WASHINGTON (Reuters) - After failing to repeal Obamacare, Republicans in the U.S. Congress quickly pivoted on Friday to President Donald Trump's next priority: overhauling the federal tax code, but their plan has already split the business community.
Division among Republicans was the chief cause of the embarrassing setback on Obamacare, and similar fault lines have been evident for months in the Republicans' tax plan, mainly over an untested proposal to use the tax code to boost exports.
House of Representatives tax committee Chairman Kevin Brady conceded the demise of a Republican plan to roll back Obamacare could make the path to tax reform harder. "This made a big challenge more challenging. But it’s not insurmountable," he told Fox News after Ryan cancelled a vote on an Obamacare rollback bill.
But Brady said he and House Speaker Paul Ryan are all-in on tax reform.
Brady said House Republicans plan to begin moving on tax reform this spring and to pass legislation before Congress's summer recess in late July.
"We’re going to work with the administration to get this done,” he said.
Trump has been unclear about his position on the most problematic feature of the House Republicans' tax "blueprint," a proposal known as the border adjustment tax that would cut taxes on exports and raise them on imports.
Treasury Secretary Steven Mnuchin said on Friday that tax reform in many ways is "a lot simpler" than healthcare reform.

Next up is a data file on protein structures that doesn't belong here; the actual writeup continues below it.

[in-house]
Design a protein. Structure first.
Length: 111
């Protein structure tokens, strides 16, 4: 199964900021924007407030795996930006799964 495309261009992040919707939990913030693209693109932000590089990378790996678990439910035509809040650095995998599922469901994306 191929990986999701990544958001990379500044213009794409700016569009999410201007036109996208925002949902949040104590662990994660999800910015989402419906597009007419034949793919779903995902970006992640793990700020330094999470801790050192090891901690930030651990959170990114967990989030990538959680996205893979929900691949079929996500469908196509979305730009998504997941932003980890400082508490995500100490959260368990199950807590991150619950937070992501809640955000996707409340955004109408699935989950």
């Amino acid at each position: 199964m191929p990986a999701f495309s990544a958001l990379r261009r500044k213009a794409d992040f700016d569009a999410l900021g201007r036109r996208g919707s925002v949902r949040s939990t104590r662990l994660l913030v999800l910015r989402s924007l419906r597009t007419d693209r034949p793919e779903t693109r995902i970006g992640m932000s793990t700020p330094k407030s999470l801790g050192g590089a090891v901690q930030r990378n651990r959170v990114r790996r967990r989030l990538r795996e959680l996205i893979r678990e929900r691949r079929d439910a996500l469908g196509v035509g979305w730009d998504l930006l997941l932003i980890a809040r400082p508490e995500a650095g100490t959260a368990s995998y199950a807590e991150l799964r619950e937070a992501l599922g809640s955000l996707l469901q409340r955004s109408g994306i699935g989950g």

"We're able to take the tax code and redesign things and I think there is very, very strong support," Mnuchin said at an event hosted by news website Axios.
Comprehensive tax reform is a policy goal so complex that it has defied successive Congresses and presidents since 1986 when it was last accomplished under former President Ronald Reagan.
The U.S. tax code is riddled with narrow subsidies and loopholes, many of them deeply embedded in the economy and defended by the interests they benefit, such as the mortgage interest deduction and the business interest deductibility.
Brady's panel has been working on a plan since mid-2016 that would cut the corporate tax rate to 20 percent from 35 percent, end taxing foreign profits for U.S.-based multinationals and cut other tax rates for businesses and investors.
The plan has divided businesses, prompting import-dependent industries to warn of higher prices for consumer goods from clothing and electronics to gasoline.
Brady has been adamant that border adjustment will be part of the House tax reform, saying earlier this week that the provision was "a given" for final legislation but would include a transition period for import-heavy industries.
Additional reporting by Eric Walsh and David Lawder; Editing by Kevin Drawbaugh and Bernard Orr